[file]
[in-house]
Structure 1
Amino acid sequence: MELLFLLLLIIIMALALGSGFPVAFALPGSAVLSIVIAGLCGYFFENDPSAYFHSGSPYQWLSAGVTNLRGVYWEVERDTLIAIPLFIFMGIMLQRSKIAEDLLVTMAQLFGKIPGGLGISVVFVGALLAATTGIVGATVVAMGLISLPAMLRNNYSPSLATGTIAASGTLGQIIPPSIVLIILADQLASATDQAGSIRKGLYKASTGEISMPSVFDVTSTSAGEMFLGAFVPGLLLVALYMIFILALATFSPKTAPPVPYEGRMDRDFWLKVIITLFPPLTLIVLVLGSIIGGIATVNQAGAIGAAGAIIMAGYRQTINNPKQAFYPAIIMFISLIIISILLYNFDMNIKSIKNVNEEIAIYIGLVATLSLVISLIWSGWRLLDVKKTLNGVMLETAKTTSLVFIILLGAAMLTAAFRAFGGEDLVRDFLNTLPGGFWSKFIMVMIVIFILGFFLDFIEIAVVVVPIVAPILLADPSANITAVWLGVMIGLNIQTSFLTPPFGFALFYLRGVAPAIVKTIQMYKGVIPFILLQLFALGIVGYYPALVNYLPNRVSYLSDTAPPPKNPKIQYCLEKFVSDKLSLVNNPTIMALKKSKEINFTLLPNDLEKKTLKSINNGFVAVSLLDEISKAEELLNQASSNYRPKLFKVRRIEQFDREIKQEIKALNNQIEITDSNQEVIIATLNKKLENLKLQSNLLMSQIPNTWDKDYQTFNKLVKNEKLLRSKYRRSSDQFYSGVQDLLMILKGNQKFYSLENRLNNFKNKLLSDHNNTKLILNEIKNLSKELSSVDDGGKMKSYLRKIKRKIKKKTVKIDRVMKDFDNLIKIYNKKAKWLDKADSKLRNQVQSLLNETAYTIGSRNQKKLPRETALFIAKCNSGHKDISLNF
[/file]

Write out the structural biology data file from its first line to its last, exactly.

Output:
[in-house]
Structure 1
Amino acid sequence: MELLFLLLLIIIMALALGSGFPVAFALPGSAVLSIVIAGLCGYFFENDPSAYFHSGSPYQWLSAGVTNLRGVYWEVERDTLIAIPLFIFMGIMLQRSKIAEDLLVTMAQLFGKIPGGLGISVVFVGALLAATTGIVGATVVAMGLISLPAMLRNNYSPSLATGTIAASGTLGQIIPPSIVLIILADQLASATDQAGSIRKGLYKASTGEISMPSVFDVTSTSAGEMFLGAFVPGLLLVALYMIFILALATFSPKTAPPVPYEGRMDRDFWLKVIITLFPPLTLIVLVLGSIIGGIATVNQAGAIGAAGAIIMAGYRQTINNPKQAFYPAIIMFISLIIISILLYNFDMNIKSIKNVNEEIAIYIGLVATLSLVISLIWSGWRLLDVKKTLNGVMLETAKTTSLVFIILLGAAMLTAAFRAFGGEDLVRDFLNTLPGGFWSKFIMVMIVIFILGFFLDFIEIAVVVVPIVAPILLADPSANITAVWLGVMIGLNIQTSFLTPPFGFALFYLRGVAPAIVKTIQMYKGVIPFILLQLFALGIVGYYPALVNYLPNRVSYLSDTAPPPKNPKIQYCLEKFVSDKLSLVNNPTIMALKKSKEINFTLLPNDLEKKTLKSINNGFVAVSLLDEISKAEELLNQASSNYRPKLFKVRRIEQFDREIKQEIKALNNQIEITDSNQEVIIATLNKKLENLKLQSNLLMSQIPNTWDKDYQTFNKLVKNEKLLRSKYRRSSDQFYSGVQDLLMILKGNQKFYSLENRLNNFKNKLLSDHNNTKLILNEIKNLSKELSSVDDGGKMKSYLRKIKRKIKKKTVKIDRVMKDFDNLIKIYNKKAKWLDKADSKLRNQVQSLLNETAYTIGSRNQKKLPRETALFIAKCNSGHKDISLNF